Pak army chief lands

Pakistan army chief Gen Qamar Javed Bajwa arrived in the Maldives on Friday for a three-day official visit on the invitation of his Maldivian counterpart, Maj-Gen Ahmed Shiyam. Bajwa is the highest-ranking foreign dignitary to visit the country since President Abdulla Yameen imposed and lifted Emergency after 45 days, and comes  amid frayed India-Maldives ties over the issue.


Rohingyas may return

Bangladesh and Myanmar agreed in November to repatriate three-quarters of a million Rohingya but the deal has stalled indefinitely, with each side blaming the other for a lack of preparation. Myanmar has so far approved fewer than 600 names from a list of more than 8,000 refugees provided by Bangladesh. The impoverished South Asian nation is housing nearly a million Rohingya in squalid camps along its south-eastern border with Myanmar.

Chinese support

Business communities of Myanmar and China exchanged views on bilateral cooperation in economic, trade and investment on 26 March. The exchange was jointly-organized for the first time by the Chinese Embassy and the Chinese Enterprises Chamber of Commerce in Myanmar (CECCM). About 200 entrepreneurs from different sectors of the two countries attended the event, aimed at exchanging ideas between the two countries' business communities.

Bulk terminal at Thilawa

A bulk terminal is in the pipeline near Thilawa Special Economic Zone in southern Yangon. The US$65 million project is partly funded by the International Finance Corporation and will be among the first providers of bulk cargo handling for the country. The bulk terminal will be one of the first bulk terminals for the country, with a capacity of more than one million metric tonnes. It will lower transport and logistics costs and improve the competitiveness of Myanmar’s supply chains by making it cheaper and more efficient to transport goods.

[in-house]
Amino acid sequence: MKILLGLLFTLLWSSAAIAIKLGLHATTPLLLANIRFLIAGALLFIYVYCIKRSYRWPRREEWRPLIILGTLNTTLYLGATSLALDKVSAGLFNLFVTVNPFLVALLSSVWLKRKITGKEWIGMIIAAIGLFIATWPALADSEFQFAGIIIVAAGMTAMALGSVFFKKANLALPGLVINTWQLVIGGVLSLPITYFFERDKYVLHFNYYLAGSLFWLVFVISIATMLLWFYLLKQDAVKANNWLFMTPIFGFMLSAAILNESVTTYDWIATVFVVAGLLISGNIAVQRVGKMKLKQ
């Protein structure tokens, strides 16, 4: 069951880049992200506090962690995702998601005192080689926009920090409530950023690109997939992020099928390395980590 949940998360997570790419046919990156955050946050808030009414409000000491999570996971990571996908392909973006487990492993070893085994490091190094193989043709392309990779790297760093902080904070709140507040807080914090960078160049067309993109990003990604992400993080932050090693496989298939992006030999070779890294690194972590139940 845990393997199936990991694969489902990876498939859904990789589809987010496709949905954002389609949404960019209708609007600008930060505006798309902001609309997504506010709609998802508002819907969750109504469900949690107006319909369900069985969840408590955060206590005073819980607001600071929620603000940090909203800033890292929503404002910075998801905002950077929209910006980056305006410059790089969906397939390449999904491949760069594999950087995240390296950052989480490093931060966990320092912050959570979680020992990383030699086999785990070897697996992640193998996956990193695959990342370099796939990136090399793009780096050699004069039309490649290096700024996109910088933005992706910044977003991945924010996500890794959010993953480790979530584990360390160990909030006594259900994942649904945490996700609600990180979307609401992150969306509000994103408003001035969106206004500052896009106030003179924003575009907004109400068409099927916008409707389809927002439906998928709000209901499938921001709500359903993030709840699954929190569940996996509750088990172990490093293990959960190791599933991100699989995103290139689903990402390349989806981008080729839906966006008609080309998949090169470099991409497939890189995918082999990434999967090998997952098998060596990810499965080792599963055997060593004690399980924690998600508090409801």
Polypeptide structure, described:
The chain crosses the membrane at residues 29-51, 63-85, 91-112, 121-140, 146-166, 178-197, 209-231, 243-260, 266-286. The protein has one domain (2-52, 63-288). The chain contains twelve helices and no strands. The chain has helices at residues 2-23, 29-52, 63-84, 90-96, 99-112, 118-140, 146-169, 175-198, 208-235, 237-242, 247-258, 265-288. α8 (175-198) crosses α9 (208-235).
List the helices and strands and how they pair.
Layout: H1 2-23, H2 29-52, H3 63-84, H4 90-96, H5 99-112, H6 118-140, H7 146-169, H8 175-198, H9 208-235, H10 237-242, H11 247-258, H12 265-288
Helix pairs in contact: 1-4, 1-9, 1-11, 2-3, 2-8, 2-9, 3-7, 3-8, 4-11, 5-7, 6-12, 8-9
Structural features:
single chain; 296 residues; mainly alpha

President hails ‘new era’

President Bidya Devi Bhandari addressed both the houses of the Parliament and hailed the successful culmination of the elections in the country. She reiterated the new era of stability and economic prosperity that Nepal has entered in and advocated better bilateral ties and diplomatic relations. She also insisted upon moving out of corruption and hostility so that a new instance of substantiality can be set from a small ‘buffer state’ like Nepal.

China funds hydro project